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Marketing Viewpoint by Ruth Winett

A Lesson from the Fusion Reaction Team:
Tear Down Department Silos

Robert Shaw, the famous choral director, sometimes grouped his singers with singers with different vocal ranges. Shaw wanted sopranos to hear how they sounded alongside tenors or altos, as well as alongside sopranos. With the new mixed arrangement, the chorale produced a distinctive lush sound. Often, business objectives are best achieved by teams from different departments-- teams whose members have different perspectives and different skills.

Collaborations with people from other organizations can also be effective. For the first time, fusion reactions produced in labs have created more energy than was expended in the experiments. These successful experiments may eventually lead to a viable new source of energy, the US Energy Department reported. This successful effort resulted from many years of experimentation conducted by "an interdisciplinary team of scientific and engineering talent from the government, universities, and private sector."

However, departments within the same company sometimes work at cross purposes: they don’t communicate with or otherwise "hear" each other. One department speaks of "bits and bytes," while another speaks of "customer journeys." Departmental silos hurt staff, the company, and customers. In addition, without cross-department fertilization, "group think" can prevent innovation.

= Five Barriers to Interdepartmental Communication*

  1. No formal mechanism for communication. Staff don’t hold joint meetings or share documents. The organization doesn’t expect departments to collaborate.
  2. "Strict productivity goals." People under pressure to meet their own department’s goals are unlikely to collaborate to meet shared goals or to innovate.
  3. "Personal conflict." Conflict inhibits sharing of information and collaboration to achieve common objectives.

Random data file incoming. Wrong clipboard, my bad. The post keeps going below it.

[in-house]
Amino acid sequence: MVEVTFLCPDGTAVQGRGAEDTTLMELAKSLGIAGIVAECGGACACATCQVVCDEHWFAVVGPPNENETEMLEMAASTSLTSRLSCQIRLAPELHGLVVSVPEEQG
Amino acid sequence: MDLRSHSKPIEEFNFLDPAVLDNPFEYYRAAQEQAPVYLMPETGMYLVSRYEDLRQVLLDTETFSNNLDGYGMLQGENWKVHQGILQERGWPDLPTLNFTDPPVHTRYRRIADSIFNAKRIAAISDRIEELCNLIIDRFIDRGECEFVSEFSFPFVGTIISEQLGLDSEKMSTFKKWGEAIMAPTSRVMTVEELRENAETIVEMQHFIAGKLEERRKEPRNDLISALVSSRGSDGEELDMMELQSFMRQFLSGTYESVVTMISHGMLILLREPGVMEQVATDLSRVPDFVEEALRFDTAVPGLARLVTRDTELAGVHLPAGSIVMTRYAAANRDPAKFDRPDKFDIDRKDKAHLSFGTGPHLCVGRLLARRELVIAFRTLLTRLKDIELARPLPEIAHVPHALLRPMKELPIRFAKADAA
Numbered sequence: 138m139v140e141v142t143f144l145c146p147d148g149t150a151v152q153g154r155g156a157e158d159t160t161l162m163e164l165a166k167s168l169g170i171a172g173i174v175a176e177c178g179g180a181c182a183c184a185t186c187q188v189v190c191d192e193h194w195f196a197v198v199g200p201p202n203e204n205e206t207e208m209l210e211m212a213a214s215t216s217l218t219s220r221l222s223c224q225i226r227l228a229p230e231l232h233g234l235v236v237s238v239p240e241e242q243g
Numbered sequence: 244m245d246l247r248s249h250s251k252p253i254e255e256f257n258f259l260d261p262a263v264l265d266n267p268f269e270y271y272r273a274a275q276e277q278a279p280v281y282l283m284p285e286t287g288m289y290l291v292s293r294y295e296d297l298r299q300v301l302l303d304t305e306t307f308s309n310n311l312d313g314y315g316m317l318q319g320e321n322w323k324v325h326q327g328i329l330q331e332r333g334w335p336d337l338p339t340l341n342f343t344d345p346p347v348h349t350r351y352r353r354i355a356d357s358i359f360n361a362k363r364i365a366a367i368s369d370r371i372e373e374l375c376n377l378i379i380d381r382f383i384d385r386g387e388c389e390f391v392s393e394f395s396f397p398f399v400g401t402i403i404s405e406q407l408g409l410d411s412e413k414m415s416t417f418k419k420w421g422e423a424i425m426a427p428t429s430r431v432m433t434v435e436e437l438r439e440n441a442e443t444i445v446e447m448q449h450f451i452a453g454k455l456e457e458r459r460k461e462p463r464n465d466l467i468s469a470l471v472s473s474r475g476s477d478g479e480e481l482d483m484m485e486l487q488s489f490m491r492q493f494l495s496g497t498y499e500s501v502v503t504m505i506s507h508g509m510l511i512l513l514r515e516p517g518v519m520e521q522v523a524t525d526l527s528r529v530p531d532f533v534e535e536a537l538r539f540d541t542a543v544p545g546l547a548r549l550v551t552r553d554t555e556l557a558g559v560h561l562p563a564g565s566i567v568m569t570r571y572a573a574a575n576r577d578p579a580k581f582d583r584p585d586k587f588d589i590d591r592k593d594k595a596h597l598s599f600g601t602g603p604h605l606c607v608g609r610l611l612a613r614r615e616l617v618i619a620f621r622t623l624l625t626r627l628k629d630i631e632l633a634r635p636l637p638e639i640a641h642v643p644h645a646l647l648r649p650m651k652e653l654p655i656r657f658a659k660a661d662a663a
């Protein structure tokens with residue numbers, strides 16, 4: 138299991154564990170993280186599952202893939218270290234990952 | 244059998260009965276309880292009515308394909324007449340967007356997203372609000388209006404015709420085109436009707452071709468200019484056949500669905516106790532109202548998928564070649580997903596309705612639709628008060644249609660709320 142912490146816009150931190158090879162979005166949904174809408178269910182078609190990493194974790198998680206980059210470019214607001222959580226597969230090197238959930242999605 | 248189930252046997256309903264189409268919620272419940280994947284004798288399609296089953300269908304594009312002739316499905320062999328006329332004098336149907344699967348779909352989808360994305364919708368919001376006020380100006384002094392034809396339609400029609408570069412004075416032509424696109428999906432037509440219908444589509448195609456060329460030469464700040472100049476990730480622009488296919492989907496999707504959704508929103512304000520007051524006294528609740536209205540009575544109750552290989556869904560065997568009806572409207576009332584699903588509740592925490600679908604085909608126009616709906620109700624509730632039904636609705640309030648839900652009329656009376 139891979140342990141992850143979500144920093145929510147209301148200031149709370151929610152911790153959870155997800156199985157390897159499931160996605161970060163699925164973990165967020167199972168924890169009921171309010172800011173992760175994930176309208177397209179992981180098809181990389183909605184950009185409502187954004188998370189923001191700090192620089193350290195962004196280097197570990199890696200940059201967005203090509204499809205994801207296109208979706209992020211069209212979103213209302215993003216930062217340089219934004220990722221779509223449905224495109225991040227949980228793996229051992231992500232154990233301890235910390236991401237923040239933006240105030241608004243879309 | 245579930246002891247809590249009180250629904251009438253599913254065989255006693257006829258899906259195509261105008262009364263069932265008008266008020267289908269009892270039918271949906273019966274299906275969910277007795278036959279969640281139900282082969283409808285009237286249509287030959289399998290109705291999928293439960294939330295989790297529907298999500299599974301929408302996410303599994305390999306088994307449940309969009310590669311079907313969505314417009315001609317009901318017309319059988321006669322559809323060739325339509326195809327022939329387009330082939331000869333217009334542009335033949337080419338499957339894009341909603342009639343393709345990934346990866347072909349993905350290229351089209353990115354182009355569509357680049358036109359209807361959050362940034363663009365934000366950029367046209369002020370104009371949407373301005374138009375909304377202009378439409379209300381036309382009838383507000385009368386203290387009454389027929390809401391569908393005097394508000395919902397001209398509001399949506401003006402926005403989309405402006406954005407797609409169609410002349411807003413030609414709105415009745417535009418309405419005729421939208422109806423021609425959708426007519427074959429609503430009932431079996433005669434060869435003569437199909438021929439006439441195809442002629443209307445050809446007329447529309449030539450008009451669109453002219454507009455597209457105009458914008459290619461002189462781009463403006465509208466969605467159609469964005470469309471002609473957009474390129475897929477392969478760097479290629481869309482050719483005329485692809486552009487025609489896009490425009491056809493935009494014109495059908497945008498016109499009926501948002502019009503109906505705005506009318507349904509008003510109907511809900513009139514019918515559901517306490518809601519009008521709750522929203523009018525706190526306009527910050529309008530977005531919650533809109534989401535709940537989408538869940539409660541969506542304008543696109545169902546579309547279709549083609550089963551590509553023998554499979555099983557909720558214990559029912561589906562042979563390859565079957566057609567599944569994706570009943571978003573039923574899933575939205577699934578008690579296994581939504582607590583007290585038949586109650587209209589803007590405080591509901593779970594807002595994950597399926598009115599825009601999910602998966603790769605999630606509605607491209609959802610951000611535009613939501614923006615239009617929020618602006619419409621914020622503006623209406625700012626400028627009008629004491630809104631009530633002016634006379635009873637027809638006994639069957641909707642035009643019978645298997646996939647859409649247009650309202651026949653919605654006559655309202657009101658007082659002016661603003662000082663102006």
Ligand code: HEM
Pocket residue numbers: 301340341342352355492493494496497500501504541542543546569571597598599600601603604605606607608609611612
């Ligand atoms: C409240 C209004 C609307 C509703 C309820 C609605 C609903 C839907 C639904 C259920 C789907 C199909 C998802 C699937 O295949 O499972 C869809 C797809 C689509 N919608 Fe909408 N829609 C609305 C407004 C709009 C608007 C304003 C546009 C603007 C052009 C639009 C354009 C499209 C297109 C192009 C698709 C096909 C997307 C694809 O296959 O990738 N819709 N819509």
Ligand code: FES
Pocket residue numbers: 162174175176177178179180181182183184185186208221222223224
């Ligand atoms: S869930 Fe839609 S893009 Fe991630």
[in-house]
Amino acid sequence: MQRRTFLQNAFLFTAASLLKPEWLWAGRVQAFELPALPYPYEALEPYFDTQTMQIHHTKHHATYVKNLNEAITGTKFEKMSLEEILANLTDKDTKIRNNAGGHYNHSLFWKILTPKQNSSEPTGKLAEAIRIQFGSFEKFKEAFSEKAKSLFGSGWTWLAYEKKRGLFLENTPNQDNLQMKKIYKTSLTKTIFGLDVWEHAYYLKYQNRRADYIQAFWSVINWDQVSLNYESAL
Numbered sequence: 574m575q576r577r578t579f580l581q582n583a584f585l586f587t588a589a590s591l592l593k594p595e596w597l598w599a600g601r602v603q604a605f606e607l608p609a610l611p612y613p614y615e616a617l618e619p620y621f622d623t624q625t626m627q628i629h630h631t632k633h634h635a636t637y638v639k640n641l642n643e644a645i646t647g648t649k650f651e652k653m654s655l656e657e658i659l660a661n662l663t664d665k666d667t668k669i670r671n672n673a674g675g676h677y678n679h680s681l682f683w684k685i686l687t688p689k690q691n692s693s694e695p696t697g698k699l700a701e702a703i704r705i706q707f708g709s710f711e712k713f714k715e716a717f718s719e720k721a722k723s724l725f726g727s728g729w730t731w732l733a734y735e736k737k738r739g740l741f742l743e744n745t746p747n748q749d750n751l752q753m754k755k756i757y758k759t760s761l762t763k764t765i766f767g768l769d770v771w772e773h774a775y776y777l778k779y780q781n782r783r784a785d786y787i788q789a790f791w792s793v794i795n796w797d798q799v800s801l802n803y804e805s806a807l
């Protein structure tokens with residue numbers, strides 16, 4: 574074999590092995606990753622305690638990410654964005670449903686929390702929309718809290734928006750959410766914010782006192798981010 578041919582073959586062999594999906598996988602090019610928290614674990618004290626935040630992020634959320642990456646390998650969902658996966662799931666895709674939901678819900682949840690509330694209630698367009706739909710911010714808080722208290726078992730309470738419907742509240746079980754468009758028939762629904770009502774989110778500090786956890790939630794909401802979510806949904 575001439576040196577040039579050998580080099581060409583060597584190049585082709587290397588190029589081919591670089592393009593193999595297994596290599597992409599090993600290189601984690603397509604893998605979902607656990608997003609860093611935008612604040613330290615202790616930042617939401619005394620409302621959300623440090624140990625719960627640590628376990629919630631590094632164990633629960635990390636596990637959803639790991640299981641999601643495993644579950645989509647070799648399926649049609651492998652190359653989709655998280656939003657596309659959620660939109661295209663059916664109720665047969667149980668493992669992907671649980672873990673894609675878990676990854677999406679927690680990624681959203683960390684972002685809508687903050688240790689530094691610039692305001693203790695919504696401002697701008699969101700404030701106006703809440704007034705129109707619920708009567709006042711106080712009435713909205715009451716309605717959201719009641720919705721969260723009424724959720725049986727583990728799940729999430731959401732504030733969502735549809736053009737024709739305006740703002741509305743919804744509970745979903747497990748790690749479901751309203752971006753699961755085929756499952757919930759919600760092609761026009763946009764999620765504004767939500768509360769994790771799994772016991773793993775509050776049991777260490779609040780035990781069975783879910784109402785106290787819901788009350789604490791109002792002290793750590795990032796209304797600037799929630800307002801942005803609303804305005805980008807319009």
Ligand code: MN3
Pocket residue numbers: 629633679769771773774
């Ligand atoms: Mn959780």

4. "Physical separation." Departments that should work together may be situated in different locations and even in different countries.
  5. "Tribalism." Excessive group loyalty replaces company loyalty, preventing successful collaboration.

(*Status Net list; Winett examples)

In an environment where workers feel threatened or unappreciated, people look out for themselves or their group. Management should promote collaboration through better explaining company objectives and by valuing and respecting employees. In addition, management should provide opportunities for interdepartmental collaboration. When workers are encouraged to collaborate, they are more innovative and more productive. Importantly, customers benefit, as well.


NPR radio station 12/7/22, Robert Shaw example.

"Beautiful Dreamer," Robert Shaw Chorale

Koonin, Steven E. and Robert L. Powell, "How Fusion Works and Why It’s a Breakthrough," Wall Street Journal, 12/ 16/ 22.

Interdepartmental Communication: Best Strategies and a Case Study

Best wishes for a Happy and Healthy 2023!


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Copyright ©1/23 Ruth Winett. All rights reserved.

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